After the sprint in Thierrens, the course descends, before hitting yet another climb. The Côte de Prévonloup also has a category 3 rating. Apparently, they are all the rage, these category 3 ratings. The côte climbs 4.5 kilometers at an average gradient of 4.7%. The Côte de Prévonloup summits at kilometer 74, and a stretch of rolling terrain follows. The race passes through Épagny at kilometer 99.5, and then begins a gradual ascent to the base of the next climb.

Just after the town of Les Moulins, the riders will climb the category 2 Col des Mosses. The Col des Mosses is more lengthy than the previous climbs of this stage and lasts 13.8 kilometers. The gradient is not especially difficult and the Col des Mosses climbs at a gentle 4%. The col is a nice warm-up for the final climb of the day, but should not prove especially decisive. An ambitious general classification rider with team-mates up the road could make a move on the Col des Mosses, but it’s still a long ride to the finish. From the summit of the Col des Mosses, there remains 70 kilometers to race.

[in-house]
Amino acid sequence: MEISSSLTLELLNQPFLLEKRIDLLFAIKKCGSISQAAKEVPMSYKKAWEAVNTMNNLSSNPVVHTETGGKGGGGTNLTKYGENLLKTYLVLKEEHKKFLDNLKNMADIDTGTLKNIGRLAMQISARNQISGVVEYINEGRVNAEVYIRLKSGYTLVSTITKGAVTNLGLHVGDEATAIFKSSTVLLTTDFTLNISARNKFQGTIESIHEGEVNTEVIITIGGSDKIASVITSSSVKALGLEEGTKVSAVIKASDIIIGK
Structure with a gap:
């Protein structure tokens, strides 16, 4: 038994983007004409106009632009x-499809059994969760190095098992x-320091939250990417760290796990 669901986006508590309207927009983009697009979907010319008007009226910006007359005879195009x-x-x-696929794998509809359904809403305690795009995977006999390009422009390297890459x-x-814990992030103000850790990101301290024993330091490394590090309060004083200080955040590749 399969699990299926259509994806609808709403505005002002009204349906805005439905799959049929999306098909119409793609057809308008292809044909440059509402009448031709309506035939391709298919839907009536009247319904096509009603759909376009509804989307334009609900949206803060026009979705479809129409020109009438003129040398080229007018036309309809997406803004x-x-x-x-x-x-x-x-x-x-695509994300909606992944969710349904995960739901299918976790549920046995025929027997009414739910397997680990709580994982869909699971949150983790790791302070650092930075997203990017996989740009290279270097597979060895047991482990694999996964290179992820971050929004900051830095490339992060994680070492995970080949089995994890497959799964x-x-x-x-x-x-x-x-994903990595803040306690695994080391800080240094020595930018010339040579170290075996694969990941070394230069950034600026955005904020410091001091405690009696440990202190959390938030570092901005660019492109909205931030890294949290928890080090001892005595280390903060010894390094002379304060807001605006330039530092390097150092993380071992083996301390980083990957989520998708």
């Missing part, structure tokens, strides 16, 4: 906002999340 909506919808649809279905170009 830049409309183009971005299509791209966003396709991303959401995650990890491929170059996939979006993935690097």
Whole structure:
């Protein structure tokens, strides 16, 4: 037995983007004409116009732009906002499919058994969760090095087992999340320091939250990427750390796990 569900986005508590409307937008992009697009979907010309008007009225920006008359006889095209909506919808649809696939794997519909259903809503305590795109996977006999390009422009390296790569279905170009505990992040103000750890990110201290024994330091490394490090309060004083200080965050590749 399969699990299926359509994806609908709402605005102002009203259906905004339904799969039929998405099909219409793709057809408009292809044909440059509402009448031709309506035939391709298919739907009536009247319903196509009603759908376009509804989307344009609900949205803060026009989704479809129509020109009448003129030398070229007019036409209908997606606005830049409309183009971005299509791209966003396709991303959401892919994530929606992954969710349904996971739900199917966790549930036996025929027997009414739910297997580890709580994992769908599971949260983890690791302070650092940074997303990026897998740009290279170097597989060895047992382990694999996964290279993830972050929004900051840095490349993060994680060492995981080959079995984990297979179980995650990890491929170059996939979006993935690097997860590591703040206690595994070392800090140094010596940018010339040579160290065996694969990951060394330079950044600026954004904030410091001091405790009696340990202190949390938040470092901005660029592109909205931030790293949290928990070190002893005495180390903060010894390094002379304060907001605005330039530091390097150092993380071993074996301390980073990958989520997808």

The course descends, passing through Aigle, and reaches its lowest point at Bex. From Bex at kilometer 161, it’s all uphill to the finish. The second, and final intermediate sprint comes at kilometer 181 in the town of Martigny. Just outside Martigny, the course climbs steadily to Villette-le-Châble where the final climb of day begins. Expect to see the major teams working hard on the way to Villette-le-Châble.

The climb to Verbier tops out at 1468 meters above sea level. It is rated a category 1, and is not a killer as mountain-top finishes go. This isn’t the Blockhaus or the Alpe d’Huez, but the constant climbing in this stage should take its toll. The slightly easier climb should make for hard racing, as the teams of the general classification favorites go all out to force a selection.